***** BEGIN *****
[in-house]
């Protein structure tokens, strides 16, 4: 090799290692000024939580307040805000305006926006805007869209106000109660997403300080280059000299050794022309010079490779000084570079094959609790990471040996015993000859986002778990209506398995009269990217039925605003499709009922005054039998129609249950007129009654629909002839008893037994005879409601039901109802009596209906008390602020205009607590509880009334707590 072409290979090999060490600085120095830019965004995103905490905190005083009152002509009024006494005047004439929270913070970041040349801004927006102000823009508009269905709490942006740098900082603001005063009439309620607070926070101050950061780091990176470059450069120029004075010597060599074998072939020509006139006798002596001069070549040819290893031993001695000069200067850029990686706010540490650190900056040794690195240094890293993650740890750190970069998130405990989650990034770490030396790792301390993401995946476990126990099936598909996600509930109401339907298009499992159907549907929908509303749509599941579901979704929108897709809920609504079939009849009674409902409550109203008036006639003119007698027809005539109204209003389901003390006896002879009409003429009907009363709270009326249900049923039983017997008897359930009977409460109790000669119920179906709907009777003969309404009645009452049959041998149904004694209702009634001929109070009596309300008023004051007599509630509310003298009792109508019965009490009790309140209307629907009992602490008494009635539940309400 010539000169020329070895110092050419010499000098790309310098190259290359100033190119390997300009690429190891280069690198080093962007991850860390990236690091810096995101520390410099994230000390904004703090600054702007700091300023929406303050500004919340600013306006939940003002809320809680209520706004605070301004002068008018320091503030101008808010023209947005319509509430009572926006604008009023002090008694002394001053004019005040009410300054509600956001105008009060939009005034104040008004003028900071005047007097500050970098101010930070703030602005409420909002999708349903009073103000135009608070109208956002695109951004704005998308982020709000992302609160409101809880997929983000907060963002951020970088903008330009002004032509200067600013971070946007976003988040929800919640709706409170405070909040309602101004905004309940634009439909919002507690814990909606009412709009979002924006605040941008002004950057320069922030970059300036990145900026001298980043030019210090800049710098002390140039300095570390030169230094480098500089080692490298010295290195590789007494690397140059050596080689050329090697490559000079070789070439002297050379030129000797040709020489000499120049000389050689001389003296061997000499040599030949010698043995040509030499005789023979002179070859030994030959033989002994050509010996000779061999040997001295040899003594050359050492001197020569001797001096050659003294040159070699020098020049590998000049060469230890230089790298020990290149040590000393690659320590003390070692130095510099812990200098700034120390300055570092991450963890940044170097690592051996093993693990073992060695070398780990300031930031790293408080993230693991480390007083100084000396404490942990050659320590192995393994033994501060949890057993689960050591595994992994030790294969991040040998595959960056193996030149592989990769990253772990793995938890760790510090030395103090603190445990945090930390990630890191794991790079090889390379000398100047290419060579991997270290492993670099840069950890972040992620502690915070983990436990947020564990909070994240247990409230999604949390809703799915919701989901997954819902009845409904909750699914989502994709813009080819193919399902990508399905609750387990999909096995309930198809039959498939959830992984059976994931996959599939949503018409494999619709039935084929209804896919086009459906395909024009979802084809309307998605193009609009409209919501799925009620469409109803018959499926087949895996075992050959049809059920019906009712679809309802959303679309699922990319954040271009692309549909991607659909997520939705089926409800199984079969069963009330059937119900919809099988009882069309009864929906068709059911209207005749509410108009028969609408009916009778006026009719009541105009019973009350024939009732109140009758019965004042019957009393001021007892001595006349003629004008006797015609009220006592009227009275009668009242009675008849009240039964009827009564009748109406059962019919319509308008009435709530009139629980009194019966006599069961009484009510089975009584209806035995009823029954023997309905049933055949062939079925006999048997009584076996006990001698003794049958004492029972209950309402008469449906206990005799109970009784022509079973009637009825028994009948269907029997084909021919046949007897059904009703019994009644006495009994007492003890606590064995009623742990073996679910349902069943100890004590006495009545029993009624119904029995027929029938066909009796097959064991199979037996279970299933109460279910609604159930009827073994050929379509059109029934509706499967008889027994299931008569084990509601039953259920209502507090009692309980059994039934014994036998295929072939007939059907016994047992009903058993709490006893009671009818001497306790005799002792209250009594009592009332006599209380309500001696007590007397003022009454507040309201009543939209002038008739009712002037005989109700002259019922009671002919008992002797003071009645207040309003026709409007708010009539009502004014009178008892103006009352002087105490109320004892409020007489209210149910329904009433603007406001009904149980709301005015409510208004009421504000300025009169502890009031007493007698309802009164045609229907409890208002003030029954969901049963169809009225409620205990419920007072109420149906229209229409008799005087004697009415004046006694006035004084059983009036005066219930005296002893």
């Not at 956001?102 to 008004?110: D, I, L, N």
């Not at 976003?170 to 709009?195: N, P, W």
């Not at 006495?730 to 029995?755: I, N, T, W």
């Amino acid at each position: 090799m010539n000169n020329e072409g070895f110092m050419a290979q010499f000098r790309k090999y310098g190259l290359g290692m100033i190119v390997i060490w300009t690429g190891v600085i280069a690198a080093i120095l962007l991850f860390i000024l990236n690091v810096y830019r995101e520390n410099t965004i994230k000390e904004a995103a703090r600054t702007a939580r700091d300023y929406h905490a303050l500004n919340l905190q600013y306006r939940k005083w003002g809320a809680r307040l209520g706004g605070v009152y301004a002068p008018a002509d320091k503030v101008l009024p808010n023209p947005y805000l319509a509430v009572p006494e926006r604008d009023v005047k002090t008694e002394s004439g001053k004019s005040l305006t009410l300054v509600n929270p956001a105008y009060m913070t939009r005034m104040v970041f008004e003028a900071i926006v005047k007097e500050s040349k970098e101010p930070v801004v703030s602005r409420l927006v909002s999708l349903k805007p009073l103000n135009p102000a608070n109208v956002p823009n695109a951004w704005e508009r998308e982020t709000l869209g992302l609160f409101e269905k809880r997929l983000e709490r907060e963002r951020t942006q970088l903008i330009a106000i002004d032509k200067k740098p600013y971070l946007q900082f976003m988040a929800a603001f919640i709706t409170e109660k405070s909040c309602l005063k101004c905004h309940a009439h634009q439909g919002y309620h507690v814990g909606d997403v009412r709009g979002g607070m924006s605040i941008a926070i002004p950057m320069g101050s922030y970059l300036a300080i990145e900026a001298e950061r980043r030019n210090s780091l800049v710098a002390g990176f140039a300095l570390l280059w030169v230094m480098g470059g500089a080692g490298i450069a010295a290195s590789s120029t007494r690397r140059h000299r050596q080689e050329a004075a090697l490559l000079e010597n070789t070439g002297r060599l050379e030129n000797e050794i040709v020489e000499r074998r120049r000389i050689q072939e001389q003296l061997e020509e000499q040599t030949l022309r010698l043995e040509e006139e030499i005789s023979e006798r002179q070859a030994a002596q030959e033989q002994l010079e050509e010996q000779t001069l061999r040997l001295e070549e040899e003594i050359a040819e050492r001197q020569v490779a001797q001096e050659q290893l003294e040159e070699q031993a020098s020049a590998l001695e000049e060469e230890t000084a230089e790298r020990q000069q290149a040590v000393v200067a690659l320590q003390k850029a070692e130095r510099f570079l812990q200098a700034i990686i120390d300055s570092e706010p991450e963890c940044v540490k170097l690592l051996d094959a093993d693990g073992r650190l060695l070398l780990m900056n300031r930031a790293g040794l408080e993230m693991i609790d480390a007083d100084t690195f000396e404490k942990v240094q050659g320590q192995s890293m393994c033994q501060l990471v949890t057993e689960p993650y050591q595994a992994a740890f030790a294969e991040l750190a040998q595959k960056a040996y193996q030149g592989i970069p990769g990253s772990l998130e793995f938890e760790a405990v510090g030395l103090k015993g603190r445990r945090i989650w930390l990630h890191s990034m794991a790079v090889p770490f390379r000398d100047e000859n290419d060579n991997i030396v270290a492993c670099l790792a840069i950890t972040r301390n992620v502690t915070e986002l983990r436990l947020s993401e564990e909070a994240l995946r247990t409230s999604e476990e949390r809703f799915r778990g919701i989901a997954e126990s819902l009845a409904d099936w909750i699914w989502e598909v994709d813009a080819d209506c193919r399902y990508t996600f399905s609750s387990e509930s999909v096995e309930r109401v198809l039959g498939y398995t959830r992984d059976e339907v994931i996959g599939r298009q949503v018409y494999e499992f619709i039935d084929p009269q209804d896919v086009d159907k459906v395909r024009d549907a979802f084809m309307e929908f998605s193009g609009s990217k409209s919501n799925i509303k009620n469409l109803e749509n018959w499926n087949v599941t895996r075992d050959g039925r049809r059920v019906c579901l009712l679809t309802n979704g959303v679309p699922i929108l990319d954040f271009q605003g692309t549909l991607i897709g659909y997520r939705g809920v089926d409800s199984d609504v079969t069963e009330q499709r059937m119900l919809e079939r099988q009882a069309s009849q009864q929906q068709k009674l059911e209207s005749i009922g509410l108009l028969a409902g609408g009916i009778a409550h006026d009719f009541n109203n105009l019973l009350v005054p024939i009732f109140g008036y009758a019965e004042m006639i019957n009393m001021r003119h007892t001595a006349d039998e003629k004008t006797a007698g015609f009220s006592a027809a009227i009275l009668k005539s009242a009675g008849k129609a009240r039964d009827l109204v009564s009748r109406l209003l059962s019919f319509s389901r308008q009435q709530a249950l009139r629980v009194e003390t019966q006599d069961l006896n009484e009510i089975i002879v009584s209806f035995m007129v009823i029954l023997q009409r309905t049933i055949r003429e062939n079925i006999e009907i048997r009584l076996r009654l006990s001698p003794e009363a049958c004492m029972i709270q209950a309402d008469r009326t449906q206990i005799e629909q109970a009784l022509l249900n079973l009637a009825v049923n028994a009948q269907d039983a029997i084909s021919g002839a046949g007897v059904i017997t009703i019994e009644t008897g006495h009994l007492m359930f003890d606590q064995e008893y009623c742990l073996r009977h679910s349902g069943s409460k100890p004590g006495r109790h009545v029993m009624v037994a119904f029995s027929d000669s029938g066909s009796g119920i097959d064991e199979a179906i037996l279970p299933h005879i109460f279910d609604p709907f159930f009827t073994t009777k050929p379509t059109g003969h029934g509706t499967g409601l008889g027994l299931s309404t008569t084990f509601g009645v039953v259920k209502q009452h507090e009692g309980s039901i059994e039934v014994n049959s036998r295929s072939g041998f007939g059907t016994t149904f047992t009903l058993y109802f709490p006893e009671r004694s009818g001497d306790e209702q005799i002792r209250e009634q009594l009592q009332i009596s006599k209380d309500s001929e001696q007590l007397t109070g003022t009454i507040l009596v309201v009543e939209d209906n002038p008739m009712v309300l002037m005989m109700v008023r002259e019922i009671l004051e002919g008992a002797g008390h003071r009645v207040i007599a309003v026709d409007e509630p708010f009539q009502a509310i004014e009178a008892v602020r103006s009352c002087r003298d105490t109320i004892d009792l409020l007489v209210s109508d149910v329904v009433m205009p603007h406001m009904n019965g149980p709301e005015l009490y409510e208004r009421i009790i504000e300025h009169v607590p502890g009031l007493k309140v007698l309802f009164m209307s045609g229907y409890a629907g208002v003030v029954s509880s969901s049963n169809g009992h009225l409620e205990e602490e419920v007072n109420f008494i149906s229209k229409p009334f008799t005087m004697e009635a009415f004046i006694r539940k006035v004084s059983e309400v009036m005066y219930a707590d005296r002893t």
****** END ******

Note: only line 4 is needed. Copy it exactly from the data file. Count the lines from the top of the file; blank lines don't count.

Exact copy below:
């Not at 976003?170 to 709009?195: N, P, W």